Training and Technical Assistance in Research and Evaluation Methods. Population Health Research Consulting
At a glance
Consultations offered include
  • Research and evaluation methodological consultation
  • Fundamentals of community-engaged and community-based participatory research
  • Harvard-affiliated faculty and post-doctoral fellows
  • Community partners interested in collaborative partnerships with Harvard-affiliated academic researchers
  • Free
Harvard-affiliated investigators
Login via HarvardKey or HMS eCommons ID required. Need Help?
Members of community-based organizations

In partnership with the Harvard Catalyst Biostatistics Program, the Population Health Research Program offers a cadre of research and evaluation consultants to provide teams of faculty, students, and community partners with methodological assistance in community-engaged research. This includes training and consultation on mixed methods, and implementation and dissemination science, policy, and community-based participatory research. By providing assistance in research methods especially relevant in designing and evaluating clinical, policy, and community public health research activities, we are fostering focused and coordinated collaborations among Harvard researchers, researchers from other universities, and community partners.

What is Mixed Methods Research?

Mixed Methods Research (MMR), an approach developed over the past 20 years, systematically combines qualitative and quantitative research in order to capitalize on the respective strengths of each. Qualitative research, which often includes methods for data collection such as interviews and focus groups, has traditionally been used by social scientists to gain in-depth knowledge of an individual's or group's experience. Quantitative research, which often includes data collection through surveys, medical records, or surveillance data, is traditionally used to gather large amounts of data from many people, and its strength is that the data is both quantifiable and replicable. The value of MMR is that it integrates the benefits of both types of research: A researcher is able to focus both on characteristics of the population, and on the individual's experience within that population.

Frequently Asked Questions:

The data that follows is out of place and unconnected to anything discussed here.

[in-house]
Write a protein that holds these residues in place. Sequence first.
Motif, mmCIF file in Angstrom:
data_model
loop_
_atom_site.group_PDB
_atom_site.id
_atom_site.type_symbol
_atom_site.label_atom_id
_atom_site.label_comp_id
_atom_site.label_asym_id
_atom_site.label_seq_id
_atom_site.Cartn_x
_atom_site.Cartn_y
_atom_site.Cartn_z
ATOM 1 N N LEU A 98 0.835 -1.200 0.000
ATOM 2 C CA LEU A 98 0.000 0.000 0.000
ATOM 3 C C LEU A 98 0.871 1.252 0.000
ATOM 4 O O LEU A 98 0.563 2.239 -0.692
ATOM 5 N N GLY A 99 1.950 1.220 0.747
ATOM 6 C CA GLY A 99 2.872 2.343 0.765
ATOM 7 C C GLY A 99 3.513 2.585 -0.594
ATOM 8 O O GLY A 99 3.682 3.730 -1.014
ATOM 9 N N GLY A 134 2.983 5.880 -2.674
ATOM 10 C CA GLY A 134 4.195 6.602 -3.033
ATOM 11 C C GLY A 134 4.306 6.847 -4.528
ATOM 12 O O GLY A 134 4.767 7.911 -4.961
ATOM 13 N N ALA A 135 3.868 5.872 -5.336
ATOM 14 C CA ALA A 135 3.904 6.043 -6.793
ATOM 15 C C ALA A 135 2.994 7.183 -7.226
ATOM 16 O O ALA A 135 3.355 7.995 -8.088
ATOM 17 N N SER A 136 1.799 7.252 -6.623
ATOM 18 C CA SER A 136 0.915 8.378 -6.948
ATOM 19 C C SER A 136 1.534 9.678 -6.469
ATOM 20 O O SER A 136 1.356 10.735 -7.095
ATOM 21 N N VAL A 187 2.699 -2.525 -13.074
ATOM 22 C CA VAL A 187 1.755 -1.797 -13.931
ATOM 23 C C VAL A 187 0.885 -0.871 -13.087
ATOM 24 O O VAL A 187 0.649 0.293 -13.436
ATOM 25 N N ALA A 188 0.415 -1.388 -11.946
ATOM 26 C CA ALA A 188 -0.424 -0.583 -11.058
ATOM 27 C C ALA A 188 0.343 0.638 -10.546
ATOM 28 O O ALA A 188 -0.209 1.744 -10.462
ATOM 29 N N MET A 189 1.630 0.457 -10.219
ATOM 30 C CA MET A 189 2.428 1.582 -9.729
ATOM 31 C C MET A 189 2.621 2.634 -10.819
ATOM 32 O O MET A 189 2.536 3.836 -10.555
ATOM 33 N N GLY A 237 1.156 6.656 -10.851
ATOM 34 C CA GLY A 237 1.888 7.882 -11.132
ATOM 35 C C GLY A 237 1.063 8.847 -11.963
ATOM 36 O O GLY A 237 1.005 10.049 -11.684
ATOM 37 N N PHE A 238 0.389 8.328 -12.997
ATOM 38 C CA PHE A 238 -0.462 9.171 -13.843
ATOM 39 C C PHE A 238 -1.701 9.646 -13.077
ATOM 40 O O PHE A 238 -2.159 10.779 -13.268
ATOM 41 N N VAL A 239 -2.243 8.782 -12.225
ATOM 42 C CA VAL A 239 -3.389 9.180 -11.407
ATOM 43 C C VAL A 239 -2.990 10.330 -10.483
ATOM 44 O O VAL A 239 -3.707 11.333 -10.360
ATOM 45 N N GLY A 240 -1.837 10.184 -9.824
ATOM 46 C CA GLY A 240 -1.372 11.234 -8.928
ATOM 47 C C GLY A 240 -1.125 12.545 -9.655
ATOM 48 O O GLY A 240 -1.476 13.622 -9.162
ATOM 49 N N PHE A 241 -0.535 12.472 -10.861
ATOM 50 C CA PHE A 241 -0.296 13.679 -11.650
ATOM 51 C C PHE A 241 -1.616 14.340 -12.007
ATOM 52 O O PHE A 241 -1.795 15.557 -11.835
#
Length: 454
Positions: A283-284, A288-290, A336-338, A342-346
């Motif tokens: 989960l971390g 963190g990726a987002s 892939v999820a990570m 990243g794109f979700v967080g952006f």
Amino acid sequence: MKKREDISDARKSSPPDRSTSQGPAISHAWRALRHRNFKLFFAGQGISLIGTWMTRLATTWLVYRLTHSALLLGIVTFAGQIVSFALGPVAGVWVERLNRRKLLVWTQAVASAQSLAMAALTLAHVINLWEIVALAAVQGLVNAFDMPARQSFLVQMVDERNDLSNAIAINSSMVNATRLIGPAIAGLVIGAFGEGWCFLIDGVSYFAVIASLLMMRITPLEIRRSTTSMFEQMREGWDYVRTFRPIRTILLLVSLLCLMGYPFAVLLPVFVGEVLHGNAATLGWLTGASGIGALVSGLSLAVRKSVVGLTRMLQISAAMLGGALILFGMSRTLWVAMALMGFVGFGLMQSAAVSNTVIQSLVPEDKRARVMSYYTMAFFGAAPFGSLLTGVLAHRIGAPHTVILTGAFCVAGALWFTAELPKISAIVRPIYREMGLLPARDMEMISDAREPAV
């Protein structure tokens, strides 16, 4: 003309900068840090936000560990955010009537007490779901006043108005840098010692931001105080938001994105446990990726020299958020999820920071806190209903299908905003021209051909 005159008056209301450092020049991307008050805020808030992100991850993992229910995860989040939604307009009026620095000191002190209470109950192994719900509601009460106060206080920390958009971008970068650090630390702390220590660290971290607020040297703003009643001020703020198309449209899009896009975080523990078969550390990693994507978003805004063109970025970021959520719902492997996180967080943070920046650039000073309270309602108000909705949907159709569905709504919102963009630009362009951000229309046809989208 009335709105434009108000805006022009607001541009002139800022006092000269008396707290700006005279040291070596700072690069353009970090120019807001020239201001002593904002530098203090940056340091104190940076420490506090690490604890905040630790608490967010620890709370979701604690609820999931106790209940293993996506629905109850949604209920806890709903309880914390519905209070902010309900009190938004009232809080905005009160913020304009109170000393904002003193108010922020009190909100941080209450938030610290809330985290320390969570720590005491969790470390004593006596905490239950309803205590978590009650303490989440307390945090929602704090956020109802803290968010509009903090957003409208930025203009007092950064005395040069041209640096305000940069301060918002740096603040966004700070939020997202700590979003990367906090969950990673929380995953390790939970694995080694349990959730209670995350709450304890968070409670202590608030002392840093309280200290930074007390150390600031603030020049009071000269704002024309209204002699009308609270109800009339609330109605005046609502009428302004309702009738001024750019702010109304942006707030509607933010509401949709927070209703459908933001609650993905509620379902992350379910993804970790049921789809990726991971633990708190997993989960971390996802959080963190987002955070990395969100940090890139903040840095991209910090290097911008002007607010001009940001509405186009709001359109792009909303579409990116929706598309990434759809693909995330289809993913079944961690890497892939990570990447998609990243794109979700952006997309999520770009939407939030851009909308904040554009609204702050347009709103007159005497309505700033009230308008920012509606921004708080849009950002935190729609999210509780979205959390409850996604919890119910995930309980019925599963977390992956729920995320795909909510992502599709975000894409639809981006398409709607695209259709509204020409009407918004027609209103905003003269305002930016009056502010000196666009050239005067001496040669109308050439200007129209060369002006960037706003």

1. What kinds of consultation services are available?
We offer a range of consultation services to researchers, as well as to community partners seeking research assistance:

Technical assistance in study design and proposal development

  • Mixed methods
  • Implementation and dissemination science
  • Policy
  • Community-engaged research

Connecting investigators and communities

  • Connection with potential community partners
  • Fostering partnerships between and among investigators in CEnR

2. Who is eligible to receive consultation?
Consultations are available to Harvard-affiliated investigators and post-doctoral fellows. Consultations are also available for community partners (that is, employees or members of community-based organizations, municipalities, etc.) who are engaged in or interested in a collaborative partnership with a Harvard-affiliated investigator.

3. What costs are associated with consultation?
Consultations are provided free of charge to eligible Harvard-affiliated investigators, post-doctoral fellows, and community partners (see above).

4. How do I request a consultation?

  • If you are a Harvard-affiliated investigator (e.g., faculty, fellow), please complete this form. Login via HarvardKey or HMS eCommons ID required. Need Help?
  • If you are a member of a community-based organization and do not hold a Harvard academic appointment, please complete this form.

What if I have a question about the consultation service?

If you have a question about our consultation services, please email us.

Cite Us

Have you received a consultation from Harvard Catalyst? Remember to cite Harvard Catalyst in your publications and posters.